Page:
Although I wasn't expecting a full house of newspaper readers, the picture painted in that classroom was worse than anticipated.
There may have been only 25 students in the class, but they were mid-career professionals in their late 20s upwards, and so not necessarily from the savvy young Web generation.
For the past six months, I have been engaging with journalists from around the globe about our craft. I have met an incredible bunch of passionate people – from the Nieman fellows and affiliates to visiting journalists such as the New York Times’s David Rohde and the New Yorker’s Jon Lee Anderson (pictured below left). I have been inspired and uplifted by the high standards and quality of reporting around the globe.
I have attended award ceremonies where journalists have been honoured for their excellence and bravery. Tunisian Naziha Réjiba, editor of the online news journal Kalima (pictured above right) and Somalian Mustafa Haji Abdinur, correspondent for AFP and editor-in-chief of the independent radio station Radio Simba. Others, notably Sri Lankan Lasantha Wickrematunga have been honoured repeatedly, though posthumously (Lasantha was assassinated just over a year ago).
But during our special time together, it has been hard not to talk about the elephant in the room - the crisis in newspapers and the doom and gloom in the industry. At times it has been depressing. At others, painful. Such as when a colleague bluntly told a seminar recently that: “The epitaph has been written… newspapers are dead.”
But what does it mean when we talk about the crisis in the print industry? And why is the public debate centred around the loss of newspapers per se?
As US media columnist Clary Shirky puts it, society doesn’t need newspapers. It needs journalism.
So, shouldn’t we be talking instead about journalism, of the importance of saving quality reporting, of making sure we are still out there where the action is? Shouldn’t we be talking about the struggle to keep the craft of reporting alive amid the technological revolution that is rapidly changing the way the world communicates?
"85% of online content is generated from newspapers"
The newsgathering process is unpredictable, messy and costly. There are no guarantees. Reporting is like fishing. If you don’t cast your rod, you have absolutely no chance of catching a fish. First-hand accounts are paramount.
It is about being there, on the ground, doorstopping people, hounding them at odd hours, hanging out and waiting. It is not about sitting at your computer waiting for a press release to land in your inbox.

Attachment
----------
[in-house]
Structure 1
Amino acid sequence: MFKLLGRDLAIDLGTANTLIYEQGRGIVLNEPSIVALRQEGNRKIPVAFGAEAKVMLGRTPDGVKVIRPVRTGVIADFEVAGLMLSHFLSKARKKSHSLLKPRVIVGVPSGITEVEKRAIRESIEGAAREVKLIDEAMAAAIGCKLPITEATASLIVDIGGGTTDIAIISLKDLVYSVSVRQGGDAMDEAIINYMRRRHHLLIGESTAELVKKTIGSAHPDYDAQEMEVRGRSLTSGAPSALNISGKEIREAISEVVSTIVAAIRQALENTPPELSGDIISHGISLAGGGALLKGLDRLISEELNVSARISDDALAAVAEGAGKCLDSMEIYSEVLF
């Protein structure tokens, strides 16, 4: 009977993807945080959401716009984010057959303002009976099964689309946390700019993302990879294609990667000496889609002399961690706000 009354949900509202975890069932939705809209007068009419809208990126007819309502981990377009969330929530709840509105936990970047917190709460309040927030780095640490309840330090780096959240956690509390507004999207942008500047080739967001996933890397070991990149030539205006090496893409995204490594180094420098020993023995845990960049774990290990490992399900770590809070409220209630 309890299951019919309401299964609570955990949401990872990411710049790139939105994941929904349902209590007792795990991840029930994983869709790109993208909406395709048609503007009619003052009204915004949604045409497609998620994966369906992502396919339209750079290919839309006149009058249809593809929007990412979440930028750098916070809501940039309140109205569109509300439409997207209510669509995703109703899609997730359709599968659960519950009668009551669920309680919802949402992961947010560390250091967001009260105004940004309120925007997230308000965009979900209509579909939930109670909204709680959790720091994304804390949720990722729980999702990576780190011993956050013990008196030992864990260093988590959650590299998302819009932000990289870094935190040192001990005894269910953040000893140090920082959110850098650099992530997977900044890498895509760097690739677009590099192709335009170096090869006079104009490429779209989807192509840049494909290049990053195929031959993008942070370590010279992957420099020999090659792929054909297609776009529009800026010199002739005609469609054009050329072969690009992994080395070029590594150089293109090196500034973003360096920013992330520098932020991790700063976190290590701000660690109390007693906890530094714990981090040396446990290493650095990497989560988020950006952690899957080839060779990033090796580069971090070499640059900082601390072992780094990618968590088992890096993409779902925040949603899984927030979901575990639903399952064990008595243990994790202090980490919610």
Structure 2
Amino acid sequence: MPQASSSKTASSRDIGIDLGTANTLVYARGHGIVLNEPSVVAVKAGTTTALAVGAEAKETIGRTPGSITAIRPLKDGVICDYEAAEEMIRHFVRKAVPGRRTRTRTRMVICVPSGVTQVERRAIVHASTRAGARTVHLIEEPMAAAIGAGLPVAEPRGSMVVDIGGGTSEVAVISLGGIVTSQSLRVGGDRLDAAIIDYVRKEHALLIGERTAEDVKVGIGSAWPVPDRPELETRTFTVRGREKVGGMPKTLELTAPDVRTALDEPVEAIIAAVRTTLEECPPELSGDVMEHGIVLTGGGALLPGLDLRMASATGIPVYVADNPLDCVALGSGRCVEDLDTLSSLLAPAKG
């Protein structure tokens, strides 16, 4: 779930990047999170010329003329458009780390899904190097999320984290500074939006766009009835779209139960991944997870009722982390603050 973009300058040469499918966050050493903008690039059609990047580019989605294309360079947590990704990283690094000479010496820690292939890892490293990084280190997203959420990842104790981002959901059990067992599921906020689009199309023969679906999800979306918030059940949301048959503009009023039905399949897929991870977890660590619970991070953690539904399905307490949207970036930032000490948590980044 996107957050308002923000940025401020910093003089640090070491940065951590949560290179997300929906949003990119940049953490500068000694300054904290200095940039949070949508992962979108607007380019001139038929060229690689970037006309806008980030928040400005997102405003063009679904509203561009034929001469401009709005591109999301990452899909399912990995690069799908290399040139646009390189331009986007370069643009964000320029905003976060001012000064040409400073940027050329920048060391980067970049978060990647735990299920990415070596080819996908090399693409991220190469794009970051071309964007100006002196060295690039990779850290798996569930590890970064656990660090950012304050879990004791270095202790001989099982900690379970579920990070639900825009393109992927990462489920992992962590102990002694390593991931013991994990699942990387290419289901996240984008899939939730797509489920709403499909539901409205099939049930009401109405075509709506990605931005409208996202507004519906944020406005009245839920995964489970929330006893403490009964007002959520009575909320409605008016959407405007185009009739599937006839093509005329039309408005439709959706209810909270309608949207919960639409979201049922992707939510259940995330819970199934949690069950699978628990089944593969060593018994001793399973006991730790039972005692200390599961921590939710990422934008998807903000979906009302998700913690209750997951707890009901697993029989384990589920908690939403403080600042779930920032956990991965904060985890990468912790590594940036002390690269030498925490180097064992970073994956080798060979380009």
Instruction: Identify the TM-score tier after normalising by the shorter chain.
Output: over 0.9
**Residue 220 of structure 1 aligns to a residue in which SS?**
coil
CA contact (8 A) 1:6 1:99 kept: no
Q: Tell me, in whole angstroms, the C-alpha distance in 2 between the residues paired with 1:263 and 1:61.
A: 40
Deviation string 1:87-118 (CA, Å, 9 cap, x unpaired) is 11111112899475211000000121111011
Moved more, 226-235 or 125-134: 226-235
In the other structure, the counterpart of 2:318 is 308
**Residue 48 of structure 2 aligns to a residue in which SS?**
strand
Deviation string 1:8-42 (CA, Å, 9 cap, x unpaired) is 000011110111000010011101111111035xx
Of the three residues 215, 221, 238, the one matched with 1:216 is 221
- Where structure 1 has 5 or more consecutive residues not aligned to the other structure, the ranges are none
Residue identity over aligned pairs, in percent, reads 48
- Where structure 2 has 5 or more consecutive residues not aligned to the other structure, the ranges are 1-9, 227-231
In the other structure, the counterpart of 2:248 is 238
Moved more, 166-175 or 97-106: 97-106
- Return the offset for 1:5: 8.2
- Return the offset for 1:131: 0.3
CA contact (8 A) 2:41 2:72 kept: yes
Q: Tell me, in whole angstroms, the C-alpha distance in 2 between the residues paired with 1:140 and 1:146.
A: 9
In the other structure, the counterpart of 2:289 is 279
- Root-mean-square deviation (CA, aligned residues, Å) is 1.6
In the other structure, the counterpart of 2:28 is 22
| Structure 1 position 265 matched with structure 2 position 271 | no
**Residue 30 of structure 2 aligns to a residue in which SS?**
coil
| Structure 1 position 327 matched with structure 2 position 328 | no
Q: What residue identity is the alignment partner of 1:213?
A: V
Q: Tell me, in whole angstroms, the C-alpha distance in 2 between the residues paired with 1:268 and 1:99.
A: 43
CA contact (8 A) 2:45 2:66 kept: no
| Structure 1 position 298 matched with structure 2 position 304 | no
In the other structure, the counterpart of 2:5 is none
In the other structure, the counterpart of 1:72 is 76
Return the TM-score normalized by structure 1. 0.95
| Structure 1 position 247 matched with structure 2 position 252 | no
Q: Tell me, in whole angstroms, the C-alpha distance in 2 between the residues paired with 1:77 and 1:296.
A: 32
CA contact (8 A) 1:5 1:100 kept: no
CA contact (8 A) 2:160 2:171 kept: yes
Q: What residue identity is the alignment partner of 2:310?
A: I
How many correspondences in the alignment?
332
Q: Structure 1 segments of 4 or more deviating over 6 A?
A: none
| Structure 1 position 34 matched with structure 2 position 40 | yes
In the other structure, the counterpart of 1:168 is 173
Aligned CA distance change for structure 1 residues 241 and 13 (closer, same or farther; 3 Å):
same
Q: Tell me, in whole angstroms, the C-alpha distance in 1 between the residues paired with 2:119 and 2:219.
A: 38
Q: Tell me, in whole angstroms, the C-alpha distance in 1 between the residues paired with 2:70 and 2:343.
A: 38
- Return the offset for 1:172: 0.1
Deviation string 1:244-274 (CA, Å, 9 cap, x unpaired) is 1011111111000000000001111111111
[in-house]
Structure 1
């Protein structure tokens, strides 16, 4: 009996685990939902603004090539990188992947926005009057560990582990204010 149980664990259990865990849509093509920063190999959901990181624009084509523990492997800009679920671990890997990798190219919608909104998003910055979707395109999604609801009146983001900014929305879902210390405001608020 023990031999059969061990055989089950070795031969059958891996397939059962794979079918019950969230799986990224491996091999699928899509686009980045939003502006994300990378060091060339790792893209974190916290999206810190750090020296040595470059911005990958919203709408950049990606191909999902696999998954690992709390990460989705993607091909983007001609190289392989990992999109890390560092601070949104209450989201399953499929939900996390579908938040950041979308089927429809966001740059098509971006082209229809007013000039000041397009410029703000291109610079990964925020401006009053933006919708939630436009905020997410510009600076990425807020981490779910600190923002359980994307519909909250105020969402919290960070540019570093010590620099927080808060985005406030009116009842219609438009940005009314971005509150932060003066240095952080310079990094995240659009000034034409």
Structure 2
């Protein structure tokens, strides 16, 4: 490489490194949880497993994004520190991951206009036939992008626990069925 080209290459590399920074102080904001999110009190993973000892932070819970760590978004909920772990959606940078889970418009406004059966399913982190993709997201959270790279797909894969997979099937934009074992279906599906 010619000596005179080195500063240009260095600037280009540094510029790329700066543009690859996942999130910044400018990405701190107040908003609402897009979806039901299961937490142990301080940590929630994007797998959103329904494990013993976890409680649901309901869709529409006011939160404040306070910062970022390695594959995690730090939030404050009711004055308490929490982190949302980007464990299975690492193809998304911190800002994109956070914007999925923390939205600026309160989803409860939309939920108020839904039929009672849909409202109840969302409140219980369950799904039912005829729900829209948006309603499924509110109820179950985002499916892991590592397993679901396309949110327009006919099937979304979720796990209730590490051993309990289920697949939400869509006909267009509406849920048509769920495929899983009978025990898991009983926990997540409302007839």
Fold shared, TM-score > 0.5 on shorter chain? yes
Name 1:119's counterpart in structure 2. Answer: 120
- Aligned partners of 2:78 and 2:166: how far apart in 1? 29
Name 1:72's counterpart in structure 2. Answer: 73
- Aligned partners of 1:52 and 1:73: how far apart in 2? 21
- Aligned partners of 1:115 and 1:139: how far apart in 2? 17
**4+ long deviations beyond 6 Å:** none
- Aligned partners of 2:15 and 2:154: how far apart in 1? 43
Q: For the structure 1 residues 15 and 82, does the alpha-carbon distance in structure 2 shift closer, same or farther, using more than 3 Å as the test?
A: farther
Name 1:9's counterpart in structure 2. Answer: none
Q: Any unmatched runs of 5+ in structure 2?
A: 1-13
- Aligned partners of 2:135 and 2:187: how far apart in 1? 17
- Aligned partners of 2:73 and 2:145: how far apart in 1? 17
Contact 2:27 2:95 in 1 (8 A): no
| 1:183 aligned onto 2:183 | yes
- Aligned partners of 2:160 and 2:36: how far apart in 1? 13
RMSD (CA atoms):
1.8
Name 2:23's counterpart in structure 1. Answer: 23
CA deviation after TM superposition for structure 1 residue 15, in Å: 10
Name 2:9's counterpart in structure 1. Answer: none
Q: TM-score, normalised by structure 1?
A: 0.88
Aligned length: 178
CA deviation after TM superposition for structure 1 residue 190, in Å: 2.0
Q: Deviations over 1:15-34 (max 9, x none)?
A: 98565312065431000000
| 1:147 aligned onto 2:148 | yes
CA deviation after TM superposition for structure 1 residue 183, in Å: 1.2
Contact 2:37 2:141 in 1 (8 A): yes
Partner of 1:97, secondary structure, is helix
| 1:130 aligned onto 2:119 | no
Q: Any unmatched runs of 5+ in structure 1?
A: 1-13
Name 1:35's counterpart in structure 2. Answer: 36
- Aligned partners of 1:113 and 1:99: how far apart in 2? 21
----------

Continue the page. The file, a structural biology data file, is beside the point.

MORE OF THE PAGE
And if newsrooms become so stretched that they stop sending out reporters to cover news, then the web will not be getting much news either. Why is this so? Because most of the news on the web is aggregated content. And where does most of this aggregated news come from? Struggling newspaper newsrooms.
Former Los Angeles Times editor John Carroll estimated in 2007 that "roughly 85 percent of the original reporting that gets done in America gets done by newspapers. ... They're the people who are going out and knocking on doors and rummaging through records and covering events and so on. And most of the other media that provide news to people are really recycling news that's gathered by newspapers."*
Increasingly newsrooms are transforming and catering to both mediums - the Web and newspapers, but the point remains: there is a heavy dependence on traditional newsrooms. It is these newsrooms - the engine rooms of news - which need to be protected and boosted. Newspapers and the Web both need solid newsrooms.
If a newsroom is forced to cut back so much they don’t have reporters covering key beats, it is a loss to society. If a reporter is not given the chance to spend time on an investigative story, then we are going to lose our vital place as the muckrakers of society, keeping the rich, powerful and influential on their toes.
And if we start to let other people compile the news for us - ie politicians, publicists or Public relations officers - then we are not doing our jobs properly and society is at risk.Let's fact it. News that lands in a reporter's inbox is usually some form of spin.
And if we allow a culture to develop in which managers become so risk-averse that they don't send teams out unless they are absolutely sure they are going to return with a story, then we are on a road to nowhere.
There is a lot to be excited about in this media revolution. Blogging and twittering have opened up new avenues for citizen journalism and first-hand, on-the-ground reporting. But newsrooms should not go out on a wing and a prayer in the hope that a blogger will do their work for them. They still need to be there, out in the field. They are the professionals, they have the expertise.
Last week during a seminar presented by Columbia Journalism School professor Sree Sreenivasan, a name was thrown around the room for the emerging journalist of today: a "tra-digital journalist" (coined by Sig Gissler, administrator of the Pulitzer Prizes). This is a journalist who retains the traditional, good old-fashioned values of the craft but who has the right attitude to be able to adapt to the changing technology.
Sounds good to me.
* Caroll source: http://www.pbs.org/wgbh/pages/frontline/newswar/tags/newsgathering.html